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Master and Slave

A quick examination of the differences between Classic Narrative Structure and Game Narrative Structure - where we are, and where we are going...

Steve Mallory, Blogger

December 16, 2009

12 Min Read

As a game designer, I've been investigating and examining the role of story in games.  In my discussions over at the forums on the Narrative Designers Forum (Thanks Stephen D!), led me to do more research regarding the differences between Classic and Game Narrative Structure. 

 The more research I have done, the more conflicted I have become.  Story and Classic Narrative Structure appears to be largely optional for a game.  That isn't to say that a story can't enhance a game, or, to use my definition, provide context for the rules and conflict in which the player experiences.  But, Game Narrative has a much different relationship with the Player than Classic Narrative has with the Reader (or Viewer), despite a core similarity:  both game narrative and classic narrative enjoy a Master/Slave relationship between structure and content.

When we all think of a story, we think of the usual classic dramatic structure that we've read and reread through the course of our education and professional lives.  We have exposition, rising action, climax, falling action and conclusion.  This dramatic form is well known, and we can all appreciate how this structure can be used to manipulation the emotions of the audience.  The classic narrative structure, therefore, is the Master. 

The slaves to the Classic Dramatic Structure are also well known:

  1. Theme

  2. Character

  3. Dialog

  4. Mood

  5. Setting

We can all appreciate how these elements enhance and manipulate the Narrative consumer.  Further, we all know that no matter how finely a Story has adhered to the Master Structure, if the Slaves are not properly utilized or exploited, then the Story will be a failure.  The converse is also true, no matter how properly created and utilized the Slaves are, the Master does not follow the expected structure, then the Story will be a failure.

In games, however, we have a new master:  the limitations of the player, that is, the limitations imposed on the player as determined by the rules of the game.  Games differ from traditional narrative structure by empowering the player to potentially alter the flow of the story. The caveat to this has always been how much the structure of the game allows the player to do so.

Within this new master, our list of slaves is largely the same, save for one crucial addition.  The revised list, in the context of games, is:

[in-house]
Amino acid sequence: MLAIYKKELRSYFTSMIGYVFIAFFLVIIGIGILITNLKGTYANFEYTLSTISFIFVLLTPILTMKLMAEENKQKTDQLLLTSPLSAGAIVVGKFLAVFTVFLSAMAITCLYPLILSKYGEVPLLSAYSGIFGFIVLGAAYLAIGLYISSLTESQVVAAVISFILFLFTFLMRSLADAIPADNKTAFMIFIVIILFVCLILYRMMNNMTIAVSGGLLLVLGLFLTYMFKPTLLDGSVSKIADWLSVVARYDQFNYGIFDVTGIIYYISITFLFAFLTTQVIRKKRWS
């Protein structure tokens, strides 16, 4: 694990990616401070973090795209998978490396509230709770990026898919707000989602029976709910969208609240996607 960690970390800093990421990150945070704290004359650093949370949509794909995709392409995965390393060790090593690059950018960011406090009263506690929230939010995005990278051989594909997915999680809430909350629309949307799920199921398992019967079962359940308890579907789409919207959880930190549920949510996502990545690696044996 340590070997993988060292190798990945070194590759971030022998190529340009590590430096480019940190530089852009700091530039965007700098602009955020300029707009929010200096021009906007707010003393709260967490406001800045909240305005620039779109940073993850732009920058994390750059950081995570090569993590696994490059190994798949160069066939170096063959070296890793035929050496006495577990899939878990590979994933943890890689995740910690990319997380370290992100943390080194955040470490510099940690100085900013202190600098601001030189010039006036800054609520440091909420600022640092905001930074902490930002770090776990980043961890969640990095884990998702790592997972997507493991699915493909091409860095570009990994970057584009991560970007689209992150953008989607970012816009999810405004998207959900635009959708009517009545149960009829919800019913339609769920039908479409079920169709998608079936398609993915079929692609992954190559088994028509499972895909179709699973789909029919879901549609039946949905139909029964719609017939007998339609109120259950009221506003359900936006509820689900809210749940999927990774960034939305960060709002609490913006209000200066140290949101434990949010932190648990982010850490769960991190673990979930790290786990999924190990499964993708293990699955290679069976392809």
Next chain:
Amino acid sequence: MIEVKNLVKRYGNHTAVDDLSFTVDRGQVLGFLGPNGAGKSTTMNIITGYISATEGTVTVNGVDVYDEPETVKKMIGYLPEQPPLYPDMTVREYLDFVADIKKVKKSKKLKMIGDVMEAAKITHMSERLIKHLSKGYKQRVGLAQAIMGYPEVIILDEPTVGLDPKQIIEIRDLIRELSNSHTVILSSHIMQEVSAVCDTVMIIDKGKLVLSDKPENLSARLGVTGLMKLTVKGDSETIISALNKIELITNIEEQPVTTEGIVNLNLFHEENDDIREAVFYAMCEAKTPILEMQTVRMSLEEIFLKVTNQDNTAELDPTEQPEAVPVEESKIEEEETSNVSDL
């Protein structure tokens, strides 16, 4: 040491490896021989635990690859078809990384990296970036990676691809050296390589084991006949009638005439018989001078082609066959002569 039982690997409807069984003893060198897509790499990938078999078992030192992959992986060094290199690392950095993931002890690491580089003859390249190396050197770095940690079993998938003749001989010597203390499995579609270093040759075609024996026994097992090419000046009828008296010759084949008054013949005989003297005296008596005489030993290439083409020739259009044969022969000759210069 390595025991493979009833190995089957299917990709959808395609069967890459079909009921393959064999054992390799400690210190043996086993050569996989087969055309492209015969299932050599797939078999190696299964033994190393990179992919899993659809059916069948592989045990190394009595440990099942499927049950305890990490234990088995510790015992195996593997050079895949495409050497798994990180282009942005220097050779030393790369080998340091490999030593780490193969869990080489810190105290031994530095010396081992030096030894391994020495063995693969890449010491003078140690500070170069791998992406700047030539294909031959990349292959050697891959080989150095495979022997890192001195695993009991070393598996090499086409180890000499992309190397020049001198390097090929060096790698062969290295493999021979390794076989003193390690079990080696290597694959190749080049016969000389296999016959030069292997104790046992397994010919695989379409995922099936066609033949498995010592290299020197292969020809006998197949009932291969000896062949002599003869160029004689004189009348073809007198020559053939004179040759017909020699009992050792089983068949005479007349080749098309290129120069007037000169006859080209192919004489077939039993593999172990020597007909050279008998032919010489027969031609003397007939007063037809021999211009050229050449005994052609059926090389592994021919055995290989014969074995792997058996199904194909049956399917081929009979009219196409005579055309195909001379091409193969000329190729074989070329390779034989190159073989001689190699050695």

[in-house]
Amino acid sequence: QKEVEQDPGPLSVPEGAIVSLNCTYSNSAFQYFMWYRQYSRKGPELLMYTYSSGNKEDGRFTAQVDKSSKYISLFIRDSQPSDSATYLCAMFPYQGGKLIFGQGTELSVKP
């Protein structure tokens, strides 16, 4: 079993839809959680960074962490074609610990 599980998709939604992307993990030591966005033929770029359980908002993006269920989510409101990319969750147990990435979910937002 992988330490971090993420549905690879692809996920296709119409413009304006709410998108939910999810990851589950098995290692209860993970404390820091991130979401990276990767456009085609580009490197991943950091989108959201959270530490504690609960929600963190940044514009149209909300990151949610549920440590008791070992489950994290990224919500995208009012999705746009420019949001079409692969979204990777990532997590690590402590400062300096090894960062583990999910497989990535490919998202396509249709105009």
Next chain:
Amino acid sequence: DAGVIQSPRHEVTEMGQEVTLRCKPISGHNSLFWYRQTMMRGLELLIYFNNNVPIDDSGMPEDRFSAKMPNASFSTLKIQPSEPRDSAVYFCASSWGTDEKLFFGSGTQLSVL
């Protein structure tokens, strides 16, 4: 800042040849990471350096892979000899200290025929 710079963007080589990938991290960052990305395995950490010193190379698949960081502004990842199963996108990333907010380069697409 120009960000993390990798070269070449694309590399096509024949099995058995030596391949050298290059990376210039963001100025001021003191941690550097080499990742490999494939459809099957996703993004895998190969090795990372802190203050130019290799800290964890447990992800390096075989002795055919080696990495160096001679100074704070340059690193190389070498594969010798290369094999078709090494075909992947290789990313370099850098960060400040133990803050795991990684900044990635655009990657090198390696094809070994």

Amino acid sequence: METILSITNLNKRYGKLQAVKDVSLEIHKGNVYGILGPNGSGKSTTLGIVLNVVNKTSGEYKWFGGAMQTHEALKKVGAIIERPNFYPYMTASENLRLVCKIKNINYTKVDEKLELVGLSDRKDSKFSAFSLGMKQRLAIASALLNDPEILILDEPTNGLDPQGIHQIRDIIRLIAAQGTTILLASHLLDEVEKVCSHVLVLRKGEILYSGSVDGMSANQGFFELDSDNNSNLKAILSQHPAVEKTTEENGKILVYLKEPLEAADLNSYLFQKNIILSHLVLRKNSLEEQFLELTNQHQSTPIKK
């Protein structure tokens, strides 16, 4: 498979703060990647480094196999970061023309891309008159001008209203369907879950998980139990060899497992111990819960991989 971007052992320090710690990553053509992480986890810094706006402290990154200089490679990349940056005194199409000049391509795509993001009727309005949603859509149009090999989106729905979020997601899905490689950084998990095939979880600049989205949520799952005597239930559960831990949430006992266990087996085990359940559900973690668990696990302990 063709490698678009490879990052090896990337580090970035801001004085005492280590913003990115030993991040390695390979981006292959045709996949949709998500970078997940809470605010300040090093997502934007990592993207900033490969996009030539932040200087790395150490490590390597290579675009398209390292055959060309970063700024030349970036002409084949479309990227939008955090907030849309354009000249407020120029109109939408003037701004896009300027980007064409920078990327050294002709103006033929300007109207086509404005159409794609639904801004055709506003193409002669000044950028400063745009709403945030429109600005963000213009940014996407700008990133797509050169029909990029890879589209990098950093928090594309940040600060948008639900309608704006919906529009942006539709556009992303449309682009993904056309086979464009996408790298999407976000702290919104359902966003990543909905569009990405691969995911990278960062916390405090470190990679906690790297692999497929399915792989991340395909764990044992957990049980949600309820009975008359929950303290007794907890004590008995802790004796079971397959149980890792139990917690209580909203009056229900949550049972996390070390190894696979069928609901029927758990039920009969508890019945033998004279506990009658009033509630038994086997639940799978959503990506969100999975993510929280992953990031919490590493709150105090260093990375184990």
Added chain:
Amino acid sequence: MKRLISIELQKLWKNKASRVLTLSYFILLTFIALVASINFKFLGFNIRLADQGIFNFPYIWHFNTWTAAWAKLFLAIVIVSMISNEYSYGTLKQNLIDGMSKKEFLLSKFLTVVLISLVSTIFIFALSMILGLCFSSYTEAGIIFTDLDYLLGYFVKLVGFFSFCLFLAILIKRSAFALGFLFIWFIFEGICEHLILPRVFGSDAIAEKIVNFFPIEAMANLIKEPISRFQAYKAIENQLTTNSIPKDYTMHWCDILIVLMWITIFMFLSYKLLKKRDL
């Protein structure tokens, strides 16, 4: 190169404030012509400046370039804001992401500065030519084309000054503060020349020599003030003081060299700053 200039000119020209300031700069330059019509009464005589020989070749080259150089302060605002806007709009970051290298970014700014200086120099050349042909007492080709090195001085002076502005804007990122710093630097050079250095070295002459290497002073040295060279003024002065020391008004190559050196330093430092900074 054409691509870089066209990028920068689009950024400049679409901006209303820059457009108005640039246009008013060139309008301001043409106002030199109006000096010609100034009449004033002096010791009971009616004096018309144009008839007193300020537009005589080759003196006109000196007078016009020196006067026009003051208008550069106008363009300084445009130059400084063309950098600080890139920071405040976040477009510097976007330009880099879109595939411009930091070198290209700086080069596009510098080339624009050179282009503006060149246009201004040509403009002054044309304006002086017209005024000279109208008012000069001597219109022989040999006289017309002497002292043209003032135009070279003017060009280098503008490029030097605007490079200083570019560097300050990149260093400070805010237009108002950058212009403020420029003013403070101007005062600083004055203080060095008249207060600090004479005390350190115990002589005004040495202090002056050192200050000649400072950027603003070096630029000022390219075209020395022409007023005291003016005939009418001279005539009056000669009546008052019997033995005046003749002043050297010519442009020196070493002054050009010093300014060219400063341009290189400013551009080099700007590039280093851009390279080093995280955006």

1. Interactivity

  2. Theme

  3. Character

  4. Dialog

  5. Mood

  6. Setting

The addition of Interactivity is how game story differs from classic media, we can all agree, but even that can be debated as being necessary - or even the prime slave to the narrative master - simply because developers have already crafted game stories that fit the traditional media mold (Max Payne 1 and 2 - personal favorites - have game stories that follow the 3 Act structure nearly perfectly, or nearly every Legend of Zelda title to see prime examples of a linear game that follows the classic Monomyth), by providing a separation between narrative and gameplay. 

Prerendered cut scenes provide the narrative thrust, and when that portion of the story is finished being told, control is returned to the player, who then progresses the story further by playing the game more.  Interactivity in the story is non-existent;  it merely provides a context for the gameplay. 

But, limitations on how much the player can alter the story still and must exist, if for no other reason than the time needed to create content, storage for the content and processing power is not infinite.  There is only so many lines of dialog, so much art work, so many characters that design and art can create in a reasonable timeframe, and games currently have not developed an adequate speech or text parsing capabilities to provide truly Turing-worthy interactions with AI-driven NPCs.  What we are seeing now is the technology is becoming available to soften the limitations of the player in their ability to alter the story and their progression through the narrative structure.   

Another limiter that is not really realized outside of the development process is the fear that time is wasted creating content that few players, if any, will ever experience.  Few developers (Bioware, Rockstar, Bethesda) have the clout and cache to be given the time and budget needed to create more content than a player can possibly experience during the course of the story.  Given the already skyrocketing budgets in time and money required to create next generation content, this is a valid concern amongst mid and small developers. 

What we all need to realize, as designers and developers, is that the player is an agent of chaos (Thanks Steve G!  I hope we can work together again, someday) bound by the limitations of the game systems, and can only affect the story in so far as the designers can allow him to affect it. 

Once we can provide true authorial control to the player, with the designer and developers having served as stagehands and prop masters, setting the stage and letting the player determine how the story unfolds, then game narrative will find its unique voice.   This is no small feat, but once the limitations place upon the player no longer limit the narrative, when the Master changes from the Limitations of the Player to the Possibilities of the Player, then we'll have something truly special.

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